For the purposes of this post, I’ve interpreted the word “flock” as three or more of the same species. In photographs which I have taken of “flocks” in the true sense of the word, the birds are so small and far away as to look like specks of dust on the lens!
Summer is the time to spot seabirds which migrate to our shores to breed.
A truly amazing place to watch seabirds is the Isle of May, off the coast of Fife in Scotland. Carefully regulated day-trips in small boats are organised from the seaside village of Anstruther. (Weather Permitting!)
The Isle of May is home to an incredible array of seabirds, with up to 200,000 nesting in a good year.
One sunny summer afternoon there, I photographed Guillemots, Puffins, Kittiwakes, Terns, Gannets, to name but a few of the species we saw.
A trio of Razorbills posed nicely on the edge of a cliff:
From April to August there can be as many as 40,000 pairs of Puffins on the Isle of May. Puffins feed on Sand Eels, as you can see here:
A good time to see species which normally live far out at sea, is in the depths of winter when they move into warmer coastal waters .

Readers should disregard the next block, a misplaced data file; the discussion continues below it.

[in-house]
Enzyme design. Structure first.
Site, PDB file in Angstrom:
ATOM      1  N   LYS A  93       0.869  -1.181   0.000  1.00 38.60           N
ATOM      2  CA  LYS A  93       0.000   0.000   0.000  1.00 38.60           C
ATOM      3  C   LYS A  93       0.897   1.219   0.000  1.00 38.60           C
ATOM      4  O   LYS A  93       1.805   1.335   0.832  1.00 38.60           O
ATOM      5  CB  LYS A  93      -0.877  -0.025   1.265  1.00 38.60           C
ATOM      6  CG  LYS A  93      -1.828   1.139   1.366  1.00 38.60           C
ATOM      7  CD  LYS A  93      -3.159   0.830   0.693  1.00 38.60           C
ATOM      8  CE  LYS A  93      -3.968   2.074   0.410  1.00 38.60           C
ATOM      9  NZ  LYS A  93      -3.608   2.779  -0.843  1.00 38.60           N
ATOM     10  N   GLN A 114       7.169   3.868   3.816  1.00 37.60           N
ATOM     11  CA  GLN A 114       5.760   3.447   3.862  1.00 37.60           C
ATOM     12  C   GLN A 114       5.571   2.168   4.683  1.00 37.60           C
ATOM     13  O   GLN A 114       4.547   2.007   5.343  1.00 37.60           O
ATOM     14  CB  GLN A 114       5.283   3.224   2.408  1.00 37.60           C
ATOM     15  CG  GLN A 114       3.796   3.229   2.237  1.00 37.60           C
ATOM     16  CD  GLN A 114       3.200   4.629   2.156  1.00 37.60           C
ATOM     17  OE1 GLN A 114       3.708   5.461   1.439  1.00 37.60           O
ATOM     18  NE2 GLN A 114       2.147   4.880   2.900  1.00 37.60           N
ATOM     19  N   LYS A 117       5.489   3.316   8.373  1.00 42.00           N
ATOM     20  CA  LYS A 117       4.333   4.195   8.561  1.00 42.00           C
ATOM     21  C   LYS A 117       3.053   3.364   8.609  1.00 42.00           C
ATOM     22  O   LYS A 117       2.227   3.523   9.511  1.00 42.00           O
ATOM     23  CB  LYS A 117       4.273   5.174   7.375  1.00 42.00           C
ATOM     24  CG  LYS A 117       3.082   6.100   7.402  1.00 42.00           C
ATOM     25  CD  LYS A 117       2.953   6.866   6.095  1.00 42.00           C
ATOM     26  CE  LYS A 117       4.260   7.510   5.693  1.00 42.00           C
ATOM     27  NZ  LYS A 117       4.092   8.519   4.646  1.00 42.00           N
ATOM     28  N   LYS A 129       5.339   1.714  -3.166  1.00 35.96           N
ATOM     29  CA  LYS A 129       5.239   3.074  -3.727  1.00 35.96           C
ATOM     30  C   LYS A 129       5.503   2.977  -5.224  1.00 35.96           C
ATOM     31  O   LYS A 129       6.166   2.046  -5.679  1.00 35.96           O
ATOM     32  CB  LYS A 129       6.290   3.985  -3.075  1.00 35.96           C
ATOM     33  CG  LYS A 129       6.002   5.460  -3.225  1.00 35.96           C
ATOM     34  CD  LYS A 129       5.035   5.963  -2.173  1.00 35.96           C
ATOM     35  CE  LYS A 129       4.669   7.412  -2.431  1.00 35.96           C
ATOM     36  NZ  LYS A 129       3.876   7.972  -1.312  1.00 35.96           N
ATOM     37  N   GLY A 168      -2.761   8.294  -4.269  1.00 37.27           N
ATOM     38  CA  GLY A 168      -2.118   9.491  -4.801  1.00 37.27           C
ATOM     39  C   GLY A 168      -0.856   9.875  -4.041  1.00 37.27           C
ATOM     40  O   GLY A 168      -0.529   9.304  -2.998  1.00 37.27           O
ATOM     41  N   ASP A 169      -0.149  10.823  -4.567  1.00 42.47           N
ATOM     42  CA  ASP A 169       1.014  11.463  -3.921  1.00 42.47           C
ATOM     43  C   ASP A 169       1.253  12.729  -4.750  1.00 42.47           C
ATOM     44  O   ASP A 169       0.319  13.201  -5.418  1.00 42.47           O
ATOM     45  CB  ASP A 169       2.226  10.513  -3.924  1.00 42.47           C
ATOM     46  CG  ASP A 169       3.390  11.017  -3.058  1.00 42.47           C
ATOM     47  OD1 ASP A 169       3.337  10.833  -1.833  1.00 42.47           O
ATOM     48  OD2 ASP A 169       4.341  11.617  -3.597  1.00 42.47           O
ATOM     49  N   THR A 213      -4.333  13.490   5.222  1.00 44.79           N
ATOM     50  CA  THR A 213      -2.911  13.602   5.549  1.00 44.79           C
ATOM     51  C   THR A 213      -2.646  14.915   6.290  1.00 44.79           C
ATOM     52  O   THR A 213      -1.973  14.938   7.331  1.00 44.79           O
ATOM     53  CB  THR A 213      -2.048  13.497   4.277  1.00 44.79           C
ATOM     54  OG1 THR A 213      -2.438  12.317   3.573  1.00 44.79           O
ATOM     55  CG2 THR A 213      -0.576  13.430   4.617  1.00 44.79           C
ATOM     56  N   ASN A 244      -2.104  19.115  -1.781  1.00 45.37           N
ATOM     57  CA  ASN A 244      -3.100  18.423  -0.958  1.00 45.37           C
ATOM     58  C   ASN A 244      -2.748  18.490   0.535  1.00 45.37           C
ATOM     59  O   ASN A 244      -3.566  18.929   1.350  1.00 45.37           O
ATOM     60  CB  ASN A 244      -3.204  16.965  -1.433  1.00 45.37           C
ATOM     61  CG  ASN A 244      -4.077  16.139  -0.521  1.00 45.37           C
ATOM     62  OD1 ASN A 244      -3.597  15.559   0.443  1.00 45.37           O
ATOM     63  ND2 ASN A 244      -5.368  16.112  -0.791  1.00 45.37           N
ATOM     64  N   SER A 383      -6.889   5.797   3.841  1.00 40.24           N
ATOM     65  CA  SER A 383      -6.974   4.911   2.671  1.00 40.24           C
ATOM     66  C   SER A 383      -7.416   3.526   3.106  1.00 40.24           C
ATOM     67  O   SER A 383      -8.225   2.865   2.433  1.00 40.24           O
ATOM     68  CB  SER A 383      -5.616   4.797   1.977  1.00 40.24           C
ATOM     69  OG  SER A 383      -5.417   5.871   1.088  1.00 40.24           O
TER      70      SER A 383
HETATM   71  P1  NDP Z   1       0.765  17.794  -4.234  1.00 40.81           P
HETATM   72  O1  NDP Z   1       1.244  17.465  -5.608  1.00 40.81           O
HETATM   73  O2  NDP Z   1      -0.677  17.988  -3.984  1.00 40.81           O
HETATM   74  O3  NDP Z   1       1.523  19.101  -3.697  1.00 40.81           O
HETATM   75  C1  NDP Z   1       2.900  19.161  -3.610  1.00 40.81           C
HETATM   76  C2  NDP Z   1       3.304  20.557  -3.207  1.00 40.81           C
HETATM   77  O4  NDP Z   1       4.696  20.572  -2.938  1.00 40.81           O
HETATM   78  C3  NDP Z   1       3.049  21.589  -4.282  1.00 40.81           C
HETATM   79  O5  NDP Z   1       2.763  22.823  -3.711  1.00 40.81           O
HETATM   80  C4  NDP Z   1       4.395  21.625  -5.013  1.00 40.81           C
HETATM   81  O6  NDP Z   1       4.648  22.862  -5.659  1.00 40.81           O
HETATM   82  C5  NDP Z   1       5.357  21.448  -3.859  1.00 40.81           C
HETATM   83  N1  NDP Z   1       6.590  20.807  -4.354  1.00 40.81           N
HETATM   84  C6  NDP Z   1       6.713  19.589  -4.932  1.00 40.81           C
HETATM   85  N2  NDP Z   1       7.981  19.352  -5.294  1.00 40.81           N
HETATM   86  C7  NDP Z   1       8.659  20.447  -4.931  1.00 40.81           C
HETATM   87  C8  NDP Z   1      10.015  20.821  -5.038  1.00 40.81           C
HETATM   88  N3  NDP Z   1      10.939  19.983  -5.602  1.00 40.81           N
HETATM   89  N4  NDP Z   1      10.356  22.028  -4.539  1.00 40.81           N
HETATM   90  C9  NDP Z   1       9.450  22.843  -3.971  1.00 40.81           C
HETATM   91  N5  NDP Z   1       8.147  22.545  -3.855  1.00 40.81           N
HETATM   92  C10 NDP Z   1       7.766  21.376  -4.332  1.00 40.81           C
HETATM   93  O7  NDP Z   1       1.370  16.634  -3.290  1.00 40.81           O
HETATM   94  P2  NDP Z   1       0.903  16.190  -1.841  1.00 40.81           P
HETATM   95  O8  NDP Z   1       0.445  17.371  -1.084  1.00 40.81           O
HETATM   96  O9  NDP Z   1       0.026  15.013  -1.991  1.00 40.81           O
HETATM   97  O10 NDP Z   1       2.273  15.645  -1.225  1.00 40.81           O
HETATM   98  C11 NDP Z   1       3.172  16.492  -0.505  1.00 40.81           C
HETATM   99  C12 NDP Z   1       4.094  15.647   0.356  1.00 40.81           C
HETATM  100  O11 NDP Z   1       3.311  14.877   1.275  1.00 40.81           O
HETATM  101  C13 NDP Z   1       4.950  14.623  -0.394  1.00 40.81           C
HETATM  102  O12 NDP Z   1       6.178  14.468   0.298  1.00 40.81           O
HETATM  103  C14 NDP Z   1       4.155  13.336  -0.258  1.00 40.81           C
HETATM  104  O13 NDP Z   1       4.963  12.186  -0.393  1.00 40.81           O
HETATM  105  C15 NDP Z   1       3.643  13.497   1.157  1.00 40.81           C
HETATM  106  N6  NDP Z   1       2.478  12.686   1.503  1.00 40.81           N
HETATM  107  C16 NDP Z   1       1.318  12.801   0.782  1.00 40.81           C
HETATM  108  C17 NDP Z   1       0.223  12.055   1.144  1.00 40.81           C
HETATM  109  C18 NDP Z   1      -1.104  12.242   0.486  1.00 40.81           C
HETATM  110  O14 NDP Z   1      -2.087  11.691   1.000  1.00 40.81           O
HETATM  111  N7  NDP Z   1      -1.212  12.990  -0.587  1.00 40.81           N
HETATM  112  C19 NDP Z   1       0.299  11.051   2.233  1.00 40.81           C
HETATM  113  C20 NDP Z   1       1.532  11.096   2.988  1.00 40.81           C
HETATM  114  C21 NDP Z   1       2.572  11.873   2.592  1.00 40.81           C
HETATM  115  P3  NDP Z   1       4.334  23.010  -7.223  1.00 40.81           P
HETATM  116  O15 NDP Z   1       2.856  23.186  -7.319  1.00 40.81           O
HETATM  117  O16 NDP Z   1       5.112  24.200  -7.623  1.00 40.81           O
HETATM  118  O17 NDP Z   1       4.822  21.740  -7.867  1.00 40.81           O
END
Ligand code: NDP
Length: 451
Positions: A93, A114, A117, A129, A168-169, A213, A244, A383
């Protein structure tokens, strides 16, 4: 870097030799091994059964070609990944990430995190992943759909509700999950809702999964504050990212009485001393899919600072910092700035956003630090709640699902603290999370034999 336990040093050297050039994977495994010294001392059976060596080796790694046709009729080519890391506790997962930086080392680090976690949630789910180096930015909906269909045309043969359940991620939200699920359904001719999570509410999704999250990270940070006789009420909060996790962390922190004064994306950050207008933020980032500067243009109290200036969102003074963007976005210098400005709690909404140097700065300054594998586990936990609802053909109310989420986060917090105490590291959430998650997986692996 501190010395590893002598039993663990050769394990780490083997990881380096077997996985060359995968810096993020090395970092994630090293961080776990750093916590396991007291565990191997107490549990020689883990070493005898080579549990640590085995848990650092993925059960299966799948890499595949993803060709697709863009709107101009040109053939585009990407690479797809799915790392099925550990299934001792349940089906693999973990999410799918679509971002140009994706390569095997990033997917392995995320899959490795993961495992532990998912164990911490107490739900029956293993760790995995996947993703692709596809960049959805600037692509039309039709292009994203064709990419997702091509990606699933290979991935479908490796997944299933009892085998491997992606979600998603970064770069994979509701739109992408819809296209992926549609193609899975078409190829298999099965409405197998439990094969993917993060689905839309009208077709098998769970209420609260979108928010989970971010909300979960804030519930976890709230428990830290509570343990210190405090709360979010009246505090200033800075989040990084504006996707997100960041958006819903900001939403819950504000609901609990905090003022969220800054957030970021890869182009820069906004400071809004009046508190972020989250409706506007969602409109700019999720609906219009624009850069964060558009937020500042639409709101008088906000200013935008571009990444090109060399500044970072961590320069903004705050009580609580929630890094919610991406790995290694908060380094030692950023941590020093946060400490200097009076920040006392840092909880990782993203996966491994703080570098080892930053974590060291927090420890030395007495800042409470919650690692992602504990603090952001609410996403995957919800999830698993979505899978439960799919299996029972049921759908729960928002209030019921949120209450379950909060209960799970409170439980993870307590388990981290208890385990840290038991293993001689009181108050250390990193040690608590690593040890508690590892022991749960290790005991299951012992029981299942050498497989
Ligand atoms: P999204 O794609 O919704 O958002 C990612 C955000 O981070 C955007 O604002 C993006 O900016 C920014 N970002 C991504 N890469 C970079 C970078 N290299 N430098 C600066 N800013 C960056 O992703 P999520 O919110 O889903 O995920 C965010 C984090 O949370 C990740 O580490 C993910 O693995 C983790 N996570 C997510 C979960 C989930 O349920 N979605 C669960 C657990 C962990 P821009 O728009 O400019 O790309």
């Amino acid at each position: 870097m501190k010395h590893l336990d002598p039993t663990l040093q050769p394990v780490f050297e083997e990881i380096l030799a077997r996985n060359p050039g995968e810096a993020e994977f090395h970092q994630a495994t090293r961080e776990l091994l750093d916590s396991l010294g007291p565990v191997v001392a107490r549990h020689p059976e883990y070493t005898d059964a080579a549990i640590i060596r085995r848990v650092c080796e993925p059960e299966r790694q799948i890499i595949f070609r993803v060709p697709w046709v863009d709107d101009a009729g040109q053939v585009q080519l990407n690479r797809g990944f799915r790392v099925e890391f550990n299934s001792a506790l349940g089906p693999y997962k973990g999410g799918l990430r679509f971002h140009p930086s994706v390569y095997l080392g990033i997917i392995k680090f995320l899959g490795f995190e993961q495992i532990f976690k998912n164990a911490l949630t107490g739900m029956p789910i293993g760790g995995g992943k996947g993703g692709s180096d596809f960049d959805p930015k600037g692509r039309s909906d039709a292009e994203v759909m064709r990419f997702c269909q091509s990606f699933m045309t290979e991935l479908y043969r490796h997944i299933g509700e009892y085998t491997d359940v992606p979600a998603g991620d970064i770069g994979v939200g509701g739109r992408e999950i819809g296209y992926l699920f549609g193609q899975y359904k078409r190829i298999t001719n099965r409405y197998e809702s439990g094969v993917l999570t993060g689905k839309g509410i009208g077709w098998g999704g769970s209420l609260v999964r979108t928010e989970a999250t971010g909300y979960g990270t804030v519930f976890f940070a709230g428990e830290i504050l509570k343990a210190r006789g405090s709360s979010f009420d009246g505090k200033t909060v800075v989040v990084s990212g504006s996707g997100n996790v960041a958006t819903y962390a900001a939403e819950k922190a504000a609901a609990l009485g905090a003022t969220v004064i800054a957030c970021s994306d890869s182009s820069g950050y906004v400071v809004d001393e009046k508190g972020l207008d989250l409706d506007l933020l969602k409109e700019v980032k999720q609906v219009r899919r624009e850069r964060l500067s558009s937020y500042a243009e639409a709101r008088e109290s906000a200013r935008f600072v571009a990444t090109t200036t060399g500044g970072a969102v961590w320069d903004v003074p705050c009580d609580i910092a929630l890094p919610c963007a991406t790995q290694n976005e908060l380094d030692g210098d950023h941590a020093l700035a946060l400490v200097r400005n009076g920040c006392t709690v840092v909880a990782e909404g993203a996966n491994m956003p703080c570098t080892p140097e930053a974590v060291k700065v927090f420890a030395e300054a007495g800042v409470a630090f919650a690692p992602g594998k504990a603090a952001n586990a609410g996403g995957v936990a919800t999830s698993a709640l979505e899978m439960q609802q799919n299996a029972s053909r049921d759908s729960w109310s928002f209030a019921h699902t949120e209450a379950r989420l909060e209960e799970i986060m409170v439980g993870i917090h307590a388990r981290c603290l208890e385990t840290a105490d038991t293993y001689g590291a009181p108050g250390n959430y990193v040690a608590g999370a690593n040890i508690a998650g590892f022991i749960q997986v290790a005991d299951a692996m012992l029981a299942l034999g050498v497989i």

I zoomed in on a large flock of Eiders just offshore in the North Sea to focus on these three males:
Whilst at the other side of the country, the West, we enjoy the spectacle of many thousands of Whooper Swans which fly down to us from Iceland to overwinter. Up to a couple of thousand come each year to a reserve near us. Sometimes you hear their wingbeats before you see them:
Here are a few of the many on a frozen lake. (Our ice must be warmer than that in Iceland):
This post was inspired by Lisa’s Weekly Bird Challenge: Flocks of Birds.
(I hope she agrees with my definition of how many birds it takes to make a flock!)